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Buying a home … The process can be stressful. A home inspection gives you peace of mind but often has the opposite effect. You will be asked to absorb a lot of information in a short time. This usually includes a written report, checklists, photographs, environmental reports, and what the inspector himself says during the inspection. All this, combined with the seller's disclosure and what you notice yourself makes the experience even more overwhelming. What should you do?
Relax … You are about to hire the best Home Inspection Company in the area. We are Professionally Trained, State Licensed, and Nationally Certified to complete the inspection task. You will be emailed (print copies can be mailed upon request only) a state-of-the-art computerized inspection report with color digital photos emailed to you and your Realtor. Also, you will receive many other materials that you will enjoy and will assist you within the home buying process and future maintenance of the property.
Most of your inspection will be maintenance recommendations, life expectancies, and minor imperfections. These are nice to know about. However, the issues that matter will fall into four categories:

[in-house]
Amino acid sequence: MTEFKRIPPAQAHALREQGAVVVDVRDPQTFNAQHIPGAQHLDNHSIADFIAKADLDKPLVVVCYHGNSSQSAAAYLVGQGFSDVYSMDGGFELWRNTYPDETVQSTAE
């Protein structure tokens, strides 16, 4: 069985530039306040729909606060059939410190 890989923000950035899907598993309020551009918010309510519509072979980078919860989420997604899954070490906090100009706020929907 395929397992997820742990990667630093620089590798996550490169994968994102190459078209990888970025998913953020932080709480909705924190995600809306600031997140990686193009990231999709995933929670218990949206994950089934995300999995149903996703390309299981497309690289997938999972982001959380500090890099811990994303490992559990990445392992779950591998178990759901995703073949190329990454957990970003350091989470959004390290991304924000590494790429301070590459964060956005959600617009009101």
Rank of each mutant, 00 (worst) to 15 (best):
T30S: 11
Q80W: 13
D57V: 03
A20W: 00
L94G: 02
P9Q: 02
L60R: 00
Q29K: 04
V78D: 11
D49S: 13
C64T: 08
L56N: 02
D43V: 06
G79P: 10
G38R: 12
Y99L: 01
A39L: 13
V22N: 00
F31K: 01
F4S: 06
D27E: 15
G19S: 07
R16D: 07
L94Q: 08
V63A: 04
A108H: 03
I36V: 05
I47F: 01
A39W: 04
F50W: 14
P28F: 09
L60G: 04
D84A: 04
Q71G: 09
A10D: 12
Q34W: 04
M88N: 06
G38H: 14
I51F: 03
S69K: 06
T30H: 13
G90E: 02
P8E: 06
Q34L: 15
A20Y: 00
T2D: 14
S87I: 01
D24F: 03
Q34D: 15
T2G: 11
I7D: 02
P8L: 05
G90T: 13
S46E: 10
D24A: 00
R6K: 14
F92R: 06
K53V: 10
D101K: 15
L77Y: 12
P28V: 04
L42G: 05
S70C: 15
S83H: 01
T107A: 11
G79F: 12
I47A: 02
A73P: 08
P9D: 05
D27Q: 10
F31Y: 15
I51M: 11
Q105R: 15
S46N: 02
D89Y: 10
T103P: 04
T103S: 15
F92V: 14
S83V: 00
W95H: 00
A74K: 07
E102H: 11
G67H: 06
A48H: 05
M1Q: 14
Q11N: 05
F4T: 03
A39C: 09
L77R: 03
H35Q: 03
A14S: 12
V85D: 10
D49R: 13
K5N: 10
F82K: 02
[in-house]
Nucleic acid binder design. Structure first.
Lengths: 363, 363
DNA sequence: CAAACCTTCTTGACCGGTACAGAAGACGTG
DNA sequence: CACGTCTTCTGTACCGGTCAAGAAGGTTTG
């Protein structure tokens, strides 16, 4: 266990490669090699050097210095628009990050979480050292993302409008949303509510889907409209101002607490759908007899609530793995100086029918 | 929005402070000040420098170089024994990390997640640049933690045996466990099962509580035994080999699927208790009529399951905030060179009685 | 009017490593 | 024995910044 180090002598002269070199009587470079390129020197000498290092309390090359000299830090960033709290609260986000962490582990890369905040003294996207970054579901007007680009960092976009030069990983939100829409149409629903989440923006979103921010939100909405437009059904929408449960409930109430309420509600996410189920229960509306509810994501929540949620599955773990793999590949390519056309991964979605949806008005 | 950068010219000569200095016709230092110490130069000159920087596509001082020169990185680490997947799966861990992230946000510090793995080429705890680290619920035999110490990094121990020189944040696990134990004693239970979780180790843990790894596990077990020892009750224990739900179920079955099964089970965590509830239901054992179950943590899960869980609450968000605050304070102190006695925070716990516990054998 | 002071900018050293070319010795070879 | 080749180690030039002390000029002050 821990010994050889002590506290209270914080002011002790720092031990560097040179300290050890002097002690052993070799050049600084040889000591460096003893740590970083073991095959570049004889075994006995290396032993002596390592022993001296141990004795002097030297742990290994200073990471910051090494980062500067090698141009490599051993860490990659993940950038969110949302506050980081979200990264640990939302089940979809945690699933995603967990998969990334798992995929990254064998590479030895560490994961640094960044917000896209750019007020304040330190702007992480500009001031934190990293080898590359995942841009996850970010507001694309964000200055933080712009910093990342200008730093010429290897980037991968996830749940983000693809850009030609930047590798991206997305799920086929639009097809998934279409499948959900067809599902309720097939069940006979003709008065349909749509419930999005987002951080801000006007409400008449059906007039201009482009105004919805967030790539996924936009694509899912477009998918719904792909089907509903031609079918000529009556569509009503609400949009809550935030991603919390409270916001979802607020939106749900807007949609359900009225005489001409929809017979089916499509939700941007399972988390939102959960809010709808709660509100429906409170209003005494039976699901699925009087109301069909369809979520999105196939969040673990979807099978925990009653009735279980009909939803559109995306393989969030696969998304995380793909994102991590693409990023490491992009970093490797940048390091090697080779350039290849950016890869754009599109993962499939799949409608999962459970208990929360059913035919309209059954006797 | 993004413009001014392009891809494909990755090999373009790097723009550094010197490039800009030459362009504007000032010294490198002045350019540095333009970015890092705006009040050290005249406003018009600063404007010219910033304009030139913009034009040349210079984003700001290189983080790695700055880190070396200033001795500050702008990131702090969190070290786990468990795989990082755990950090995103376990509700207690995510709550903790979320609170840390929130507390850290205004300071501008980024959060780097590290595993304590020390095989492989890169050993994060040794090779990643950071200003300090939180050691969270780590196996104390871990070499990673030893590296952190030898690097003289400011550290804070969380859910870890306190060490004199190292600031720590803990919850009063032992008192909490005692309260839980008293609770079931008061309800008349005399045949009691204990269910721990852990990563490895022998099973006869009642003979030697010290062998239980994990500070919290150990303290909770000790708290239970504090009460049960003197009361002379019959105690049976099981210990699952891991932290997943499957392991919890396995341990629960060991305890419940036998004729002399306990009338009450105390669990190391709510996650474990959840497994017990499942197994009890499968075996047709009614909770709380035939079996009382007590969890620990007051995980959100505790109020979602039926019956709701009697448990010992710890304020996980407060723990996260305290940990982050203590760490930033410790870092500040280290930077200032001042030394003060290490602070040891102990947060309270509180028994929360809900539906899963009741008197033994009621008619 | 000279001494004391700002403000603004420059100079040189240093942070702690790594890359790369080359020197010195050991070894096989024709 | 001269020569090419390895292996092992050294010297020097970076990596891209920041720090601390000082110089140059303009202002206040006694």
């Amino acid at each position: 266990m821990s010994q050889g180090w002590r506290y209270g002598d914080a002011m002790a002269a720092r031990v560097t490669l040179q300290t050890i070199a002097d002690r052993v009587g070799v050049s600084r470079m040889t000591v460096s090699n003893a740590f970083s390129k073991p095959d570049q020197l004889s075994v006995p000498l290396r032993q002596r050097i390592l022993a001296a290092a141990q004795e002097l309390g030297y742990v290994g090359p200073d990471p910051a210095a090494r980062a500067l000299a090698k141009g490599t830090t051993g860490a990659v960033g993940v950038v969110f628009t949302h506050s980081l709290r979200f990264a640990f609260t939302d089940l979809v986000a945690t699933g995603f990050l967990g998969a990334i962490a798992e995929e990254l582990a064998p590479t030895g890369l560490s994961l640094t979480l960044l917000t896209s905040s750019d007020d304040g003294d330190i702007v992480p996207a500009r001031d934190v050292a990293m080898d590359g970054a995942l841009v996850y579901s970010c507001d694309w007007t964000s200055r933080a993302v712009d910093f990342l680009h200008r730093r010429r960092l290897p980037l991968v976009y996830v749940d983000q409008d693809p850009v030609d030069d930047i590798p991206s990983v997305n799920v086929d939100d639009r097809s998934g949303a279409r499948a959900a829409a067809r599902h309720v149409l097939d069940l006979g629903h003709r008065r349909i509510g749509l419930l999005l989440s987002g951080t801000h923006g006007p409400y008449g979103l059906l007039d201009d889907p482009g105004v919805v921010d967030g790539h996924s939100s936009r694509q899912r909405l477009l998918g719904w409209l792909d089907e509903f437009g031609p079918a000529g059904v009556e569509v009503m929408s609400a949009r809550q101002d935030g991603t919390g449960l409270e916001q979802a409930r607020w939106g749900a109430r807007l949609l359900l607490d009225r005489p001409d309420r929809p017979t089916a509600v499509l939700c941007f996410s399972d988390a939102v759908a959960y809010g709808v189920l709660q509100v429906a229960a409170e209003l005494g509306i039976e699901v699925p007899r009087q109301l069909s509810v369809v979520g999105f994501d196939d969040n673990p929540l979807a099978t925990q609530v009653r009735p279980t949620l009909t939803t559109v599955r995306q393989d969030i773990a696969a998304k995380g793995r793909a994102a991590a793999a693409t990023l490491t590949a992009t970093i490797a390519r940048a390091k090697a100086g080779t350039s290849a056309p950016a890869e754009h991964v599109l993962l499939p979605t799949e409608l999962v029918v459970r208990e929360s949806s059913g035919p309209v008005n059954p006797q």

An example of this would be a structural failure.
Things lead to significant defects. A small roof-flashing leak, for example.
Things that may hinder your ability to finance, legally occupy, or insure the home.
Safety hazards, such as an exposed, live buss bar at the electric panel.
Anything in these categories should be addressed. Often a serious problem can be corrected
inexpensively protect both life and property (especially in categories 2 and 4).
Most sellers are honest and are often surprised to learn of defects uncovered during an inspection. Realize that sellers are under no obligation to repair everything mentioned in the report. No home is perfect. Keep things in perspective. Don't kill your deal over things that don't matter or are routine maintenance. It is inappropriate to demand that a seller address deferred maintenance, conditions listed on the seller's disclosure, or nit-picky items.